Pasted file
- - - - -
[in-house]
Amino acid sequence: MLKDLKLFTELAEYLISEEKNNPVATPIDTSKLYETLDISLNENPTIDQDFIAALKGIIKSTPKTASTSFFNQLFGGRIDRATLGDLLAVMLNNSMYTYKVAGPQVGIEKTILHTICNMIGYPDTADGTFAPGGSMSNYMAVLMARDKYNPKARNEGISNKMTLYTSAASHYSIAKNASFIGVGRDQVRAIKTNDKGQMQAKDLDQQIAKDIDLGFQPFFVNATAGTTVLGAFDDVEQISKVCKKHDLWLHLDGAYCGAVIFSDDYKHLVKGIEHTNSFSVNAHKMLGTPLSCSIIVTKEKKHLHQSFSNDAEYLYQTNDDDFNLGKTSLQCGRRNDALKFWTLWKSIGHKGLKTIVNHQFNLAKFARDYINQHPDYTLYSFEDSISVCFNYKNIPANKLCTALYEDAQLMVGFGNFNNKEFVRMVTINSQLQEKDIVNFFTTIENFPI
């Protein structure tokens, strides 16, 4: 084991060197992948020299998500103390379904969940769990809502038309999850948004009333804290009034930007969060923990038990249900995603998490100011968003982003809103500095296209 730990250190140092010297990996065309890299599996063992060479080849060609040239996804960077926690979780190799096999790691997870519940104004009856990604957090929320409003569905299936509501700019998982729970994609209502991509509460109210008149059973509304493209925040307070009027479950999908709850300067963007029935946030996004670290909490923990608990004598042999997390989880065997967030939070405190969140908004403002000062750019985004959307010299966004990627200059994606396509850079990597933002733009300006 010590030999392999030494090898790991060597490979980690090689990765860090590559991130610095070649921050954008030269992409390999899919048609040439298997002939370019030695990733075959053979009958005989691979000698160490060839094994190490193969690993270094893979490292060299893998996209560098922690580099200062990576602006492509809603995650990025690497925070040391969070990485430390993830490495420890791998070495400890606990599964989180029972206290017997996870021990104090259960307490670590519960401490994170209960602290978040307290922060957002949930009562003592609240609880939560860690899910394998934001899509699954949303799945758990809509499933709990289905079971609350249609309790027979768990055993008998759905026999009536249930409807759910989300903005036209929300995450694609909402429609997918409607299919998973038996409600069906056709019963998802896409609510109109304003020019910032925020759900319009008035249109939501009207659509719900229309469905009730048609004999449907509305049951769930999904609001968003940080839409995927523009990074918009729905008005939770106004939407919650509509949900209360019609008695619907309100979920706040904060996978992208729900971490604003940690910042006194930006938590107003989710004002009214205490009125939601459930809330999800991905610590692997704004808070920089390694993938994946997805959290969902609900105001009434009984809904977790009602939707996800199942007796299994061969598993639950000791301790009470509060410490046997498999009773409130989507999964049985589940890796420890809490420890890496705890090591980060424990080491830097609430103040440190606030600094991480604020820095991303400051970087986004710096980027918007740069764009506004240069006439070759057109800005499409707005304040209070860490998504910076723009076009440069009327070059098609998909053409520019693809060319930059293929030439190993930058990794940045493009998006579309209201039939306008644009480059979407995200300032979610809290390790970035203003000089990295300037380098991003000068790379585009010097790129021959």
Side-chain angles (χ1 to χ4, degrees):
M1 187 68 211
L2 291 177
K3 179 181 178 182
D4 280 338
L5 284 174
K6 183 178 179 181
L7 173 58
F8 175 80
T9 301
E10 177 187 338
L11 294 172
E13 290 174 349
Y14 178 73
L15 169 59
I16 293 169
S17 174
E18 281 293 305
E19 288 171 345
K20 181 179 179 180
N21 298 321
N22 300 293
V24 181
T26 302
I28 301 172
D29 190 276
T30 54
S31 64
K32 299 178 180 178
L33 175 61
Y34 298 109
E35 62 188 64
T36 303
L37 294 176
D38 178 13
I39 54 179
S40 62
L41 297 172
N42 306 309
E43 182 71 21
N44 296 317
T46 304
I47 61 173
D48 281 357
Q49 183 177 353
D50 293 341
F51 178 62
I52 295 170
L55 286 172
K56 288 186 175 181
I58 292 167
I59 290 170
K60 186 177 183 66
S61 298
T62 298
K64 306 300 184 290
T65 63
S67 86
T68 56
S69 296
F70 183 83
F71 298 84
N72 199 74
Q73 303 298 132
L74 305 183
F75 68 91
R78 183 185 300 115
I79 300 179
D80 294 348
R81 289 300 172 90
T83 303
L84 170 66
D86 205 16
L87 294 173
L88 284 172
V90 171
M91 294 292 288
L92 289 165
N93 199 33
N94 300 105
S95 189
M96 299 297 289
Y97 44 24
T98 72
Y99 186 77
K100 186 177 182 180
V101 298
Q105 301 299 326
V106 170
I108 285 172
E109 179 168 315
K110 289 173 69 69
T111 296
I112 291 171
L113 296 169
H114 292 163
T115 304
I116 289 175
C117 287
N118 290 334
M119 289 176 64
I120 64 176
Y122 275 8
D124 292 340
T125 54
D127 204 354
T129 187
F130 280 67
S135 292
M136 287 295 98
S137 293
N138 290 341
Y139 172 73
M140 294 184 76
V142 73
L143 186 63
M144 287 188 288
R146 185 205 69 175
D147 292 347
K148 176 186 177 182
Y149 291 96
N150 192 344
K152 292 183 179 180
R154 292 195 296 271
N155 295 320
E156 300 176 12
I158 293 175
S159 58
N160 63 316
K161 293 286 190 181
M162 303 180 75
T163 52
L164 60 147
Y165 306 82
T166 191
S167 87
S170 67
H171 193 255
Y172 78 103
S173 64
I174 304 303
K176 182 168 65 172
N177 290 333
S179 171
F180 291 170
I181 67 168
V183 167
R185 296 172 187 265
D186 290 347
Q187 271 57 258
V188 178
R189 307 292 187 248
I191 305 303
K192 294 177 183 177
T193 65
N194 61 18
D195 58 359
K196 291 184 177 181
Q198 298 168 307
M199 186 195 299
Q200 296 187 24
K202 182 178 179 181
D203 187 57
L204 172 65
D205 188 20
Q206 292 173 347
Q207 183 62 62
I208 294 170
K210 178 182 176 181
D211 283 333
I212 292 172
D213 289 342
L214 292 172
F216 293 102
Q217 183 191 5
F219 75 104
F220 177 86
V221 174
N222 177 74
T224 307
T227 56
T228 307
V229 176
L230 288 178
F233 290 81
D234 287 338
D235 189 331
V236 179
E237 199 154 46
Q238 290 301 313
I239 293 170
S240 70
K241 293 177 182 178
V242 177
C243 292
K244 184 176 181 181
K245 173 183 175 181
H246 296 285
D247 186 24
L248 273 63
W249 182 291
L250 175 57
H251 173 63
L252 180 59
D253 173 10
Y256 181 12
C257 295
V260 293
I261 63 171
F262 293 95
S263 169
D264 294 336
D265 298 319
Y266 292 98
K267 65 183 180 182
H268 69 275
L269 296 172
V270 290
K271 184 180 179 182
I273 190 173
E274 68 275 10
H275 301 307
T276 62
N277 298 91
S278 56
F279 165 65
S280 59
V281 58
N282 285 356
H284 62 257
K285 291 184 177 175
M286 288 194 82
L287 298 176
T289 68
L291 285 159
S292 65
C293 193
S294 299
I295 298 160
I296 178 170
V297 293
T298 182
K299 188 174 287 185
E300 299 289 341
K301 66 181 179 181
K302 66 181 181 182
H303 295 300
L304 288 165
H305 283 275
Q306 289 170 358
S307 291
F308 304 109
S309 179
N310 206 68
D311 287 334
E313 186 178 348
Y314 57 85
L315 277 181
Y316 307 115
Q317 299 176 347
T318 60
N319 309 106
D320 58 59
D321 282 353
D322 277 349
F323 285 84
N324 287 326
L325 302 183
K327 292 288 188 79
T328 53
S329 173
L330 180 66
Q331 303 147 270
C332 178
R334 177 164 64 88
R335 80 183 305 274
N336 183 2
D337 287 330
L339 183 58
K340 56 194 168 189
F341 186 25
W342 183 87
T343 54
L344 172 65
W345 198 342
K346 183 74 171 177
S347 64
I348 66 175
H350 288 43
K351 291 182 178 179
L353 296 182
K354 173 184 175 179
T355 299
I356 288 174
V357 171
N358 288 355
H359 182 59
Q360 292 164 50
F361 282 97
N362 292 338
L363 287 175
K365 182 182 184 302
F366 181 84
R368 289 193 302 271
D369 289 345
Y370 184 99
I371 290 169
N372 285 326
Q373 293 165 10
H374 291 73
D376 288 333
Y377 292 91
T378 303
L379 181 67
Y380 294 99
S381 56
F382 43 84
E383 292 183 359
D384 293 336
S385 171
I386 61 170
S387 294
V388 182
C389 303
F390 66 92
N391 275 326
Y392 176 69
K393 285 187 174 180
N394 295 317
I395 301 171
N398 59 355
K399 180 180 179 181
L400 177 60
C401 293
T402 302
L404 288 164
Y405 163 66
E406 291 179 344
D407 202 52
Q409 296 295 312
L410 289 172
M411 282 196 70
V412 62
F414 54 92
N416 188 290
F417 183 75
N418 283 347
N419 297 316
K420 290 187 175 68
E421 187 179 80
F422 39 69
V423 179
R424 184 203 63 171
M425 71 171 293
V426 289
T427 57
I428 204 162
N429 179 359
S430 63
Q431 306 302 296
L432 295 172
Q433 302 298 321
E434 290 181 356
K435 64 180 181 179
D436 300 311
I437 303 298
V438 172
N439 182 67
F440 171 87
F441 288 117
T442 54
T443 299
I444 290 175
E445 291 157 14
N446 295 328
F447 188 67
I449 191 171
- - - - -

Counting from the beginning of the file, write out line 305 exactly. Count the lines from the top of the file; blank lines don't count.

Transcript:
K365 182 182 184 302